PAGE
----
One of my maps showed a Quaker meeting house in Hadley, the village right on the border between Jaffrey and Peterborough. I knew from my NH history that Amos Fortune was buried at the Old Meeting House Cemetery in Jaffrey. You may have been made to read the book Amos Fortune, Free Man as a child, as it was a Newbery winner in the 1950's. We are big on Newbery's from the 1950's in my family (I own the first copy of this), but even more to the point, my wife is a children's librarian who has taught NH history for 20 years. In fourth grade, my older sons were required to read the book and were brought out to Jaffrey to see where the freed slave was buried. I think one of the Romanians was even dragged out there even though they arrived here well beyond fourth grade. Because it's NH history, dammit, and part of your heritage. Which seems insane, but if you live in our family makes perfect sense. Willa Cather is also buried there.
But I was pretty darn sure there were no Quakers figuring prominently in that story. They were sparse in this area until well into the 1800's. Also, meeting houses on the edge of town seldom have historic significance, so I concluded - rightly, this time, it turns out - that the Meeting House and the Quaker meeting house were two different items. Still, I expected a charming historical building of some sort. Ahem.
My initial disappointment turned to approval as I drove on. New Hampshire has the lowest church attendance of any state - a European 4% each week - and we have plenty of churches as historic items, but not so many thriving. We are starting to have "still in use" show up in descriptions of historic churches here, as if that were some quaint curiosity, like "working farm." So good on the Society of Friends for persevering, then.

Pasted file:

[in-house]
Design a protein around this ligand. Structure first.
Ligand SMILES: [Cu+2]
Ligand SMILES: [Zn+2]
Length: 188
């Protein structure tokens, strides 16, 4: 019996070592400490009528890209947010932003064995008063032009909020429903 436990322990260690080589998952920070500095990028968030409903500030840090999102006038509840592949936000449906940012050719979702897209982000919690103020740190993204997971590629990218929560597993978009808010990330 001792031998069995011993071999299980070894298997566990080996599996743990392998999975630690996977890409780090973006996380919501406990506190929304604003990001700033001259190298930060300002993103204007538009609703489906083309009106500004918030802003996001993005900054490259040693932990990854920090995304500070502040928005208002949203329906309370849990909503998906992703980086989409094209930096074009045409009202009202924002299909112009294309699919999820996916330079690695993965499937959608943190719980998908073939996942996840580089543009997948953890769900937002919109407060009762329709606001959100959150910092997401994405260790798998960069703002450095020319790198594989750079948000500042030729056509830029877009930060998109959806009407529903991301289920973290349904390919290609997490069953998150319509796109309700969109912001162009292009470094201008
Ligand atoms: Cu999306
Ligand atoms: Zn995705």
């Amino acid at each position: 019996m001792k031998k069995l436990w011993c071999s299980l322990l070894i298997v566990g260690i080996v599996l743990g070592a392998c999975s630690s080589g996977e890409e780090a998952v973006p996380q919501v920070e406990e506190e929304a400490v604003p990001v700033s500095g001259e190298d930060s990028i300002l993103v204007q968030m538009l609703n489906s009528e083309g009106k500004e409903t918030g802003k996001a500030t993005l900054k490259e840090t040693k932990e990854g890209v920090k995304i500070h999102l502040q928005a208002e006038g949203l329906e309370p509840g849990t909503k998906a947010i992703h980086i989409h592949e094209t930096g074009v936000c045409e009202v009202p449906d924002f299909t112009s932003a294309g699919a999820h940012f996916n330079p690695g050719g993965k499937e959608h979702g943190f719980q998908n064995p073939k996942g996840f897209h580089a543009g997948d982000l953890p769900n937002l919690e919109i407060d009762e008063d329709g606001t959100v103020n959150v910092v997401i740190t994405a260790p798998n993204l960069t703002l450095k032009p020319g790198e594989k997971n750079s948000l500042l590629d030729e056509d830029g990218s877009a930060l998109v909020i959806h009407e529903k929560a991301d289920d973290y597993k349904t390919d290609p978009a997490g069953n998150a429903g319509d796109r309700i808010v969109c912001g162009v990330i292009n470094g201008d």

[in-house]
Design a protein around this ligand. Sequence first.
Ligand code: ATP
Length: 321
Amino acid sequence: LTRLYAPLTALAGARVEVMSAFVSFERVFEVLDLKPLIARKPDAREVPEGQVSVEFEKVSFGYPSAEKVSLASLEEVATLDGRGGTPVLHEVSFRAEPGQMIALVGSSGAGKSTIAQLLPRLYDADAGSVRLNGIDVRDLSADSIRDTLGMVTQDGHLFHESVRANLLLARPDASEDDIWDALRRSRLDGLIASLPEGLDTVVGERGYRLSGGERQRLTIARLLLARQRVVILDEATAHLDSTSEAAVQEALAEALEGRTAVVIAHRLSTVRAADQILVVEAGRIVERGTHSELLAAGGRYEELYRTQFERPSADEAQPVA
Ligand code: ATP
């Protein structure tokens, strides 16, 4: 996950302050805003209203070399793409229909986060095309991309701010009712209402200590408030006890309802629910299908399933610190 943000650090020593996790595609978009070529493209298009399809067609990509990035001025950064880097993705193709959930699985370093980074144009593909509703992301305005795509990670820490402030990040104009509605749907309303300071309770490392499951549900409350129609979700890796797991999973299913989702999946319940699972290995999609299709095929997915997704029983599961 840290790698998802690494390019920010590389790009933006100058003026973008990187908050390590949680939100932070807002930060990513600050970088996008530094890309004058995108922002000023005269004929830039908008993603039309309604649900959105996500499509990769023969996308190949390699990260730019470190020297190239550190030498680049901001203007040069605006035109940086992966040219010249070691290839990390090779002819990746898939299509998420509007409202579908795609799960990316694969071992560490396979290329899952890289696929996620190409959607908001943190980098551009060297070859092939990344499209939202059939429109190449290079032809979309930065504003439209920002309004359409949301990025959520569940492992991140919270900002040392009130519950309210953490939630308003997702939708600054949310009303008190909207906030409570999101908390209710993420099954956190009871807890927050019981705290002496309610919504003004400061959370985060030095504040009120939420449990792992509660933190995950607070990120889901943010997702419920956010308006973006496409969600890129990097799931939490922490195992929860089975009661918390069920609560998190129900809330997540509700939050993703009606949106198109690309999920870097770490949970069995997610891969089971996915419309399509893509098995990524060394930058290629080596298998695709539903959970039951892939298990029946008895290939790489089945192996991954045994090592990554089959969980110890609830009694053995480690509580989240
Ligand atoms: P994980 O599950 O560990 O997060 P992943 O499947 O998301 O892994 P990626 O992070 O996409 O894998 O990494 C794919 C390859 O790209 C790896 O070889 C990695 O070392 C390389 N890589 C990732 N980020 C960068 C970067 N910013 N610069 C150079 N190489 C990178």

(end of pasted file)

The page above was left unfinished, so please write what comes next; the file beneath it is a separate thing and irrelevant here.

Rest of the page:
Another mile or so up Route 202 - a historic route from Maine to Deleware dating from the 20's - is Drury. This is back to the other NH, not the one they put on postcards, again. To us, it's all part of a whole. That the Robert Frost Farm in Derry is directly across from a mobile home park doesn't strike us as especially strange. Frost came back here to take care of his mother's farm, and took a job as a teacher at Pinkerton Academy (my grandfather was one of his students) because he needed the money. There was a lot less of the two intellectual classes of people here, one which gave themselves over to works of word and art and one which had no use for such things, that you find in other places. Massachusetts calls us "Cow Hampshire" and sniffs, but we long had the highest SAT's and lowest dropout rates in the nation, except when similar neighbors Maine and Vermont would give us a run for it. The "other" New Hampshire isn't really other to us.
Here is the Pizza Barn in Drury. Notice the bulletin board in the center, where people tack up notices advertising their upcoming suppers and clubs, or their tree-cutting services or music lessons. There's often a fringe of phone numbers along the bottom, so you can rip one off to take with you. The right half of the building is a little apartment, and best as I could tell, not the owner of the Pizza Barn's apartment. People scramble a bit and have more than one income stream in these parts.
Such as, if you choose to notice, the U-Haul franchise as a side business for the tire place across the road. One of the guys who works there does auto detailing as well - he's got a business card for it posted on the bulletin board at the Pizza Barn.